You Call That a Compliment?
A little praise is always nice—except when it is a tad too honest!
One day, if the stars are aligned and you’ve worked hard to do the right thing, you, too, might be lucky enough to receive a lovely compliment like the one Nancy Phelan, of Baraboo, Wisconsin, got a few years back. “When I was visiting my son, his fiancée and her children,” Nancy wrote to Reader’s Digest, “I made them a specialty of mine: breakfast pizza. After eating several slices, my eight-year-old future grandson leaned back in his chair and proclaimed, ‘This is so good, it makes my tongue dance!’ ”
Alas, life isn’t always so sweet. In fact, we sometimes get treated to a more stinging kind of praise—the backhanded compliment. We compiled some of the wittiest zingers you’ve heard or endured. It’s OK to laugh. We did.
I had joined an aerobics class made up mostly of older women like me. At first, it was difficult to follow all the steps, but after a few weeks I felt that I had a good grasp of the routines. One day, a fellow classmate stopped me to say, “I’ve been noticing you. You’re very coordinated.”
I couldn’t have been prouder. “Thank you,” I said.
“Yes,” she continued, “your shirt matches your pants, and your pants match your socks.”
As a wannabe musician, I took advantage of an opportunity to play with a local recorder group. During a break in our first rehearsal, the woman sitting next to me, an accomplished musician, said, “You have a beautiful vibrato!”
I was basking in the glow of her praise when she added, “You’re not supposed to.”
—Vicki Morrison Goble
A student stopped me in the hallway to say that she’d just learnt that her mom had had me as a teacher. Then, after looking me up and down, she asked, “Did you used to be good-looking?”
When I was in my 20s, I had a streak of grey hair. One day, a complete stranger noticed and said, “I really like your grey hair. Where did you get it done?”
“Oh, thanks,” I said. “It’s natural.”
She recoiled. “Oh my, what are you going to do about it?”
When I met my brother’s new father-in-law, he took my hand and said warmly, “You look just like your brother. He has a big nose too.”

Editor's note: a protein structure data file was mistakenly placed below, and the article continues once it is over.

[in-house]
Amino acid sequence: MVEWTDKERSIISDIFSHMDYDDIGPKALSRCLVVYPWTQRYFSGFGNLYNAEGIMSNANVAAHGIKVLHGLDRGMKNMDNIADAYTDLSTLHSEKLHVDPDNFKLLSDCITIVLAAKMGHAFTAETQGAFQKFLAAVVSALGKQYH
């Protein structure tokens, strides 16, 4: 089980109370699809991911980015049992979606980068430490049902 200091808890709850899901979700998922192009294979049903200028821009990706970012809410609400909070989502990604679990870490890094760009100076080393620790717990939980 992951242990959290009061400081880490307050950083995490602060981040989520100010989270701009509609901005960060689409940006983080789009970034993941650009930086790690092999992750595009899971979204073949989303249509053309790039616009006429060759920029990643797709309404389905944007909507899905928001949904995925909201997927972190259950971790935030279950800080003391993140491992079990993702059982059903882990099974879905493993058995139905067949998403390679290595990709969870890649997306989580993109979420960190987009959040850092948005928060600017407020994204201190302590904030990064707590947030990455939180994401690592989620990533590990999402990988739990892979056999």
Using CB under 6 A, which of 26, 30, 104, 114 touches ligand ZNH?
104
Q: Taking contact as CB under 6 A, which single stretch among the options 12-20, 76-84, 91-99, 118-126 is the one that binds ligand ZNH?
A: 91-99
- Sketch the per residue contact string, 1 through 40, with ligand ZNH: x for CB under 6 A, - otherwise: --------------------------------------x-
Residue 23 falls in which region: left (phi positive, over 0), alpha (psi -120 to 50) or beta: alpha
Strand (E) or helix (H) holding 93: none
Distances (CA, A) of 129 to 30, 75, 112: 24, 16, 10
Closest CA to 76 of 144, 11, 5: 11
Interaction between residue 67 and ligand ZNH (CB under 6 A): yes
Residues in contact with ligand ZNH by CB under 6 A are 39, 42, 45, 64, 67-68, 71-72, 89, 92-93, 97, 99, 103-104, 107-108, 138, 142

One morning shortly after we got married in our 60s, my husband and I were sitting on the bed putting on our socks and shoes. Out of the blue, he reached over and patted me on the knee, saying, “I am so glad we got married.”
He was being romantic, and I appreciated it. “Me, too,” I said.
He continued, “Do you have any idea how nice it is to open my dresser drawer and find my underwear and socks all folded nice and neat?”
—K.C. via rd.com
After I sang a solo in church, an elderly gentleman offered me his highest compliment.
“I liked your song for two reasons,” he said. “You sang it well, and you didn’t sing too long.”
Somehow, a friend and I got on the subject of age, which led him to ask how old I was.
“Thirty-seven,” I said.
He cocked his head and asked, “Is that all?”
“My gosh, you are so pretty,” gushed the receptionist at a beauty salon. Delighted by the unexpected compliment, I said thank you and asked her about the services they offered.
“Okay so you definitely need ...” and proceeded to recite a long list of treatments, including one that would peel off the skin on my face, a new hair colour, cut and style and something that promised to ‘resculpt’ my figure.
I opted to change my salon.
—Ishita Goel, New Delhi
A client was so impressed with my work, he made a point of calling to tell me that he had named his new puppy after me.